By Amanda Socci
On September 19, 2017, Afghanistan-born Marwand* endured the suffering in his home country for the last time. Armed with his lawful special immigration visa and accompanied by his wife and their infant son, 28-year old Marwand left behind most of his large family of nine sisters and two brothers and did not look back.
He was soon greeted by Alexandria’s colorful lush trees, on the brink of fall, and an exciting and important transportation system, the metro, as well a variety of buses with young and old passengers of different colors and ethnicities.
Uncomfortable with day-to-day life in the Helmand Province of his native Afghanistan, Marwand knew about peace and opportunities waiting for him in the United States, thanks to positive reviews and encouragement by siblings who had been in Virginia for some time. It was just a matter of waiting between the time he filled out the application and the day he would be approved to leave his country and legally enter the United States.
Though the raging war and casualties of Afghanistan are well-documented in news sources and internet searches yield scores of photos of Afghans surrounded by soldiers in fatigues, Marwand is tight-lipped about his exact experiences. He prefers not to discuss specifics on what he and his family went through and has agreed to share his story on the condition that his full name not be published and that his image be partially shown. Instead, he has great hope in a bright future and most importantly, a newfound serenity that eluded him in his home country.
Paying the Price
Speaking comfortably from his home in the South Van Dorn neighborhood of Alexandria, Marwand recounted the financial difficulties he faced when he first arrived to Virginia one year ago. “Too many things are above our expectations,” he noted matter-of-factly, referring to the fact that the cost of living is surprisingly high and that he arrived unprepared for that reality.
Fortunately, he learned of Lutheran Social Services of the Nation’s Capital, which provided financial assistance to him and his family to pay rent and utilities for three months, and Virginia’s Department of Social Services provided Medicaid medical insurance and SNAP food benefits.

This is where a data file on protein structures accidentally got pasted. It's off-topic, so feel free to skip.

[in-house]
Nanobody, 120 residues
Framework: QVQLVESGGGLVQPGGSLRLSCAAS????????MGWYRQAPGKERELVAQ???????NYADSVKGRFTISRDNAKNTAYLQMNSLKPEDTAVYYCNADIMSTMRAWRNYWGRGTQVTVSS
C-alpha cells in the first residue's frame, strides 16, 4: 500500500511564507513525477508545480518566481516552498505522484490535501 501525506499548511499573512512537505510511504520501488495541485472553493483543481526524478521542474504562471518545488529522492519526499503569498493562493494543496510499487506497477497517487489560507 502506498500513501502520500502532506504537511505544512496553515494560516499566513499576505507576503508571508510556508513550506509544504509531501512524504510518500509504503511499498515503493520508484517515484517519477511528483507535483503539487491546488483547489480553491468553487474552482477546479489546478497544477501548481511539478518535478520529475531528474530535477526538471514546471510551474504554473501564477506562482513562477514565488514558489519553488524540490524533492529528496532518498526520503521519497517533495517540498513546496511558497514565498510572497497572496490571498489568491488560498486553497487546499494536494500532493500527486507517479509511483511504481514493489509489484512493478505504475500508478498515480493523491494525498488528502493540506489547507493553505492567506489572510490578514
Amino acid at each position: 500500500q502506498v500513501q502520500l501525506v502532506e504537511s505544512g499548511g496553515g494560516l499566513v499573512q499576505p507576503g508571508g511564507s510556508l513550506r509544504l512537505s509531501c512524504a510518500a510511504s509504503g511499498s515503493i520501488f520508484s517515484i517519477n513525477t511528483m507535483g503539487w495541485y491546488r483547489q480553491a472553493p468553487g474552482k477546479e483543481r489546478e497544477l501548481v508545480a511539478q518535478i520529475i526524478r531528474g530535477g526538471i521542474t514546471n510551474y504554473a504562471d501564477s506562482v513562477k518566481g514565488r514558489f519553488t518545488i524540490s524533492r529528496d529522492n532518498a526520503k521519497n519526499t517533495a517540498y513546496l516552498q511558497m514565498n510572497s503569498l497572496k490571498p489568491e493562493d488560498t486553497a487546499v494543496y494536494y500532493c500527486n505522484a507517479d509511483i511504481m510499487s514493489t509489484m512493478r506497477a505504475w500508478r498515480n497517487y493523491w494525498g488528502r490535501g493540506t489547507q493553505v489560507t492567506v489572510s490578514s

Marwand found immediate work at Staples as a sales associate in September of 2017. While working at Staples, he learned of another job opportunity with flexibility. In November of 2017, barely two months after arriving in Virginia, Marwand began his new job as an independent contractor doing deliveries for Amazon Flex..
This month Marwand celebrates one full year of working for Amazon Flex, where he logs about 30 hours per week, depending on the availability of assignments. Marwand stated, “Now, I am confident I can afford expenses and utilities. We are both [he and his wife] happy in general. We have a lot of achievements [accomplished] within the last year.”
When asked his favorite part of living in Alexandria, Marwand responded simply, “Every community has a children’s park [that he enjoys visiting] and [he also enjoys] spending time with countrymates.” He spoke at length about savoring the basics. He observed how people liked to share feelings and how good he felt to be in the company of his fellow countrymates, referring to Afghanistan-born members of the community whom he has befriended and with whom he has become close.
Marwand offers helpful advice to anyone who finds himself struggling or in difficulty, “Life is full of challenges. Unless we physically go against those, it’s best to find a good approach for yourself and meet people from different races and cultures.” He feels strongly that people can take away something of value from his story by learning something new about peoples’ behaviors and culture.
Marwand’s son is now one and a half and is also adjusting comfortably to his new surroundings and children’s activities all over the South Van Dorn community. As for the future, Marwand is extremely pleased to balance his job with Amazon Flex with master’s degree studies in project management while his wife takes classes in business administration at Virginia International University in Fairfax.
*Marwand has asked The Zebra to not disclose his full name and to not show his complete image to protect his family’s privacy.